Using Node.js and Karma Framework for Unit Tests and Code Coverage in Javascript

Your web project, whether it’s written in Java, Python or Ruby, has Javascript files that support front-end part of it. And unit tests and code coverage for them are two most uncovered areas, terra incognito of Javascript world.

New technologies, such as Node.js, can help you to cover it. Node.js is server-side technology, but we don’t plan to change the way we use Javascript in today’s projects, we just use Node.js as complimentary tool for packages delivery and execution of code, that is located outside of your project, such as unit-test runner or coverage runner.

Because this technology is orthogonal to your project, it can be used in virtually any project, whether it’s PHP, Java, Ruby or C#, as long as they have Javascript.

Writing unit tests and generating code coverage is superior to your project, because having unit tests increases quality of code and code coverage report provides awareness and better control of what is going on with the project.

Node.js: what it is?

  • It was created by Ryan Dahl in 2009.

  • It is scripting language - no compilation required, convenient for writing automation scripts. It uses Google Chrome v8 Javascript engine.

  • It is Javascript that’s freed from the browser’s chains - it can be used from command line and as part of server-side collection of technologies.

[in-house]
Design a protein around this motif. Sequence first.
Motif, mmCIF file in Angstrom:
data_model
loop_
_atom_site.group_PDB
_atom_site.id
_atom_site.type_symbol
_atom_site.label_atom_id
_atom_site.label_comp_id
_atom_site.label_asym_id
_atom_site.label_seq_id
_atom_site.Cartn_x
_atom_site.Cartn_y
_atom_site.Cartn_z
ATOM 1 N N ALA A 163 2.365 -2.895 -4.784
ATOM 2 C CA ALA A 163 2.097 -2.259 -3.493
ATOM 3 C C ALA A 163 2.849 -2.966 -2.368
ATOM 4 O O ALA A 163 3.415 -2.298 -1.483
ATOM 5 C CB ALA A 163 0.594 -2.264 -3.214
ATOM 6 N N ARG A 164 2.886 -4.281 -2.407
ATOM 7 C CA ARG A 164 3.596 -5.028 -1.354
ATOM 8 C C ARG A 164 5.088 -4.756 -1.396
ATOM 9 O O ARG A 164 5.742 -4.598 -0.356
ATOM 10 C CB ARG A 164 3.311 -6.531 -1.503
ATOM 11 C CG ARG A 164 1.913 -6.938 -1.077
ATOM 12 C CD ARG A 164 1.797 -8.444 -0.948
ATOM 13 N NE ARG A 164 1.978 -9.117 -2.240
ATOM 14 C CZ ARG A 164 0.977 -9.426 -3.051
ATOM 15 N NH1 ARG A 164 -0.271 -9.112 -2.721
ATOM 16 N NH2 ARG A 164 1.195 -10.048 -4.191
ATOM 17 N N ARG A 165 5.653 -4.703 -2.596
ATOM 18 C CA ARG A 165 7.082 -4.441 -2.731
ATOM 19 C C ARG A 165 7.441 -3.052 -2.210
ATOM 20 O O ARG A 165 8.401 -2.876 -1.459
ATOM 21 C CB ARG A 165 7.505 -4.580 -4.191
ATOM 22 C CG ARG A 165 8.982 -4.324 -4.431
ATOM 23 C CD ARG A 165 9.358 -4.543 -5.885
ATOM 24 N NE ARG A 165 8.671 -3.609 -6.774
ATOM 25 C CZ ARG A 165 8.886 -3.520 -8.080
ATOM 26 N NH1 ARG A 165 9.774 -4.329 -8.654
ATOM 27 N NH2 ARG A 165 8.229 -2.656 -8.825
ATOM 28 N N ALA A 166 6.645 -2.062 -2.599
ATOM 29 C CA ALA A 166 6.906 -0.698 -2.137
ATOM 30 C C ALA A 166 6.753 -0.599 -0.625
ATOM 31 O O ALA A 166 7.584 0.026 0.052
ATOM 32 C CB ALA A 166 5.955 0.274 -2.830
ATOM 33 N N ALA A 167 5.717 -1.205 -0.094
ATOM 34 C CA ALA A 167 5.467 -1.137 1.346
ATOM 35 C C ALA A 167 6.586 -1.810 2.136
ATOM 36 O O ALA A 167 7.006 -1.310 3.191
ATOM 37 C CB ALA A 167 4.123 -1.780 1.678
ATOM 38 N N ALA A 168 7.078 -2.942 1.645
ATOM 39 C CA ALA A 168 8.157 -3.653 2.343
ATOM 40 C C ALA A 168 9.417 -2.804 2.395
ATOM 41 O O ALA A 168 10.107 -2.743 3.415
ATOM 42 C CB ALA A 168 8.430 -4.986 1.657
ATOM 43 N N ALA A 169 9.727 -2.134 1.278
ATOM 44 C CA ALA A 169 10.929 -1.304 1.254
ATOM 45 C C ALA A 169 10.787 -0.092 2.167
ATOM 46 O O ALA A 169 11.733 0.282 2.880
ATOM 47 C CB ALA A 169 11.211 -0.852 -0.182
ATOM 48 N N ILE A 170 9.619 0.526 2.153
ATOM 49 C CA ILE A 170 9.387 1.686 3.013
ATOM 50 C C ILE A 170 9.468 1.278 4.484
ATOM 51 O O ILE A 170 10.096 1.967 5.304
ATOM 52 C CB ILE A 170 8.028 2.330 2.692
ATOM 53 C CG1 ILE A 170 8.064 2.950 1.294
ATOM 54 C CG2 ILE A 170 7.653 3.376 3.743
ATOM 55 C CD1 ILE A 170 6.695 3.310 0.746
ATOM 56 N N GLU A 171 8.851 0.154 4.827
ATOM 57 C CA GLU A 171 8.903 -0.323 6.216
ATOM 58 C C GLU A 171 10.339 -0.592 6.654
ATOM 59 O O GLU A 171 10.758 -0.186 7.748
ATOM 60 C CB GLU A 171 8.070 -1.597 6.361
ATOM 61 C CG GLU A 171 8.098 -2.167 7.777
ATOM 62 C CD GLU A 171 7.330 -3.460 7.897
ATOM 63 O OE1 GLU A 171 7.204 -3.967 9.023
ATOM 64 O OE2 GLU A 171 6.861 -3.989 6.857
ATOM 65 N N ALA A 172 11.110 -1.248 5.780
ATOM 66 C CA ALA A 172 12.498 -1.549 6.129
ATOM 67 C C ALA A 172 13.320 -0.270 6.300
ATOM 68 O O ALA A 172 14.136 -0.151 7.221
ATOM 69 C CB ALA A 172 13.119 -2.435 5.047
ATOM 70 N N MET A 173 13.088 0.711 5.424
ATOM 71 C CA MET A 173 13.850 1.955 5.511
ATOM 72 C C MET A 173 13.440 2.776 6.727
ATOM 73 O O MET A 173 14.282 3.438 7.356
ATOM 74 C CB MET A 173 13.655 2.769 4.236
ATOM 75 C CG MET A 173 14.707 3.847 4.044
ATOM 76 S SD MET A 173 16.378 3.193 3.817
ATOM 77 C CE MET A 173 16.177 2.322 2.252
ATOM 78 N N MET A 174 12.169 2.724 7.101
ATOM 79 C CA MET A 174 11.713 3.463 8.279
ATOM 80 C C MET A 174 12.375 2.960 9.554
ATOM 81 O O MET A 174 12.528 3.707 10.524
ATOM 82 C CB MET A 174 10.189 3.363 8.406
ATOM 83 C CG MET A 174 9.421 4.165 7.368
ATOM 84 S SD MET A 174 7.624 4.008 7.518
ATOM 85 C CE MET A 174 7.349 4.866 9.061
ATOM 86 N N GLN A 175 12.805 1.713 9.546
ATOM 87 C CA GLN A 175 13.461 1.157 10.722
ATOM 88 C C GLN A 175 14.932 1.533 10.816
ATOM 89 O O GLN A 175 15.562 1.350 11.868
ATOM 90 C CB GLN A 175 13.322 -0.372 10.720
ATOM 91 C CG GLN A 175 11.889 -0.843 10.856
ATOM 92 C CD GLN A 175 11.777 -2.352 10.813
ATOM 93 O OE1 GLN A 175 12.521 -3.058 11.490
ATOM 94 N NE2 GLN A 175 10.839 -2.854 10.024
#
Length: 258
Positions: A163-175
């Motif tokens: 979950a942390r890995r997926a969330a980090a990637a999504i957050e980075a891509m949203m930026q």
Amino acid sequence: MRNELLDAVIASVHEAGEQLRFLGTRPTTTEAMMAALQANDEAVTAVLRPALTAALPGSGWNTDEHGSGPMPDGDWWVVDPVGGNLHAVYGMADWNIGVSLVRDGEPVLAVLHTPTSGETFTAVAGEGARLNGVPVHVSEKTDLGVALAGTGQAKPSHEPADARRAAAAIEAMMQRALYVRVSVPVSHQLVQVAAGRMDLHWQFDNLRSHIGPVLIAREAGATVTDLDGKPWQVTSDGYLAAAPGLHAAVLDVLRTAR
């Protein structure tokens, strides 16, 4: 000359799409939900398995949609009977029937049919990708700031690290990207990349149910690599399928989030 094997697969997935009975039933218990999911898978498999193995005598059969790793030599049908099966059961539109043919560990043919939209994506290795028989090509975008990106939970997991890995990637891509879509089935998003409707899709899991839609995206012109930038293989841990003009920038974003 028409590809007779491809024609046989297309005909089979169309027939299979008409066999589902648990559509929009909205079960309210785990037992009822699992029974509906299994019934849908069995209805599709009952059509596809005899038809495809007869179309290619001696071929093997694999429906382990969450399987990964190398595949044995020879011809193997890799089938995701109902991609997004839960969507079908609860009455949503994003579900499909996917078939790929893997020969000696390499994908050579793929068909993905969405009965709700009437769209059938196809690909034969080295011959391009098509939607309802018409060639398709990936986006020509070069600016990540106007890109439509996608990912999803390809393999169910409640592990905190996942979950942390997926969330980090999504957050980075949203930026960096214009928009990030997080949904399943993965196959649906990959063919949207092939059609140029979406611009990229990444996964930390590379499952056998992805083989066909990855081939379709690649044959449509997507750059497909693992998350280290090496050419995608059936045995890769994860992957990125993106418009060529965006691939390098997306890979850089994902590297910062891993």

• It has a lot of packages (libraries) for easy extending existing functionality. You use node package manager to deliver node packages to your computer same way as Ruby developers use RubyGems for downloading gems (Ruby equivalent of library).

  • It is technology-in-demand. Some companies that use it:,,,,,

  • It is new and promising technology. See Tessel - internet-connected microcontroller progammable in Node.js.

  • A lot of hosting services already support Node.js: Heroku, Joyent, CloudFoundry, OpenShift, Cloudnode, WindowsAzure.


If you are on Apple computer, you can use homebrew tool to install it:

brew install node

It will install node package manager (npm) as well:

node -v
npm -v

On Windows you can download node and npm as one installation from here.

Using Node.js: Webserver example

Let’s demonstrate “hello world” program for Node.js. This simple web server responds with “Hello World” string for every request.

// hello_world.js

var http = require('http');

var server = http.createServer(function (req, res) {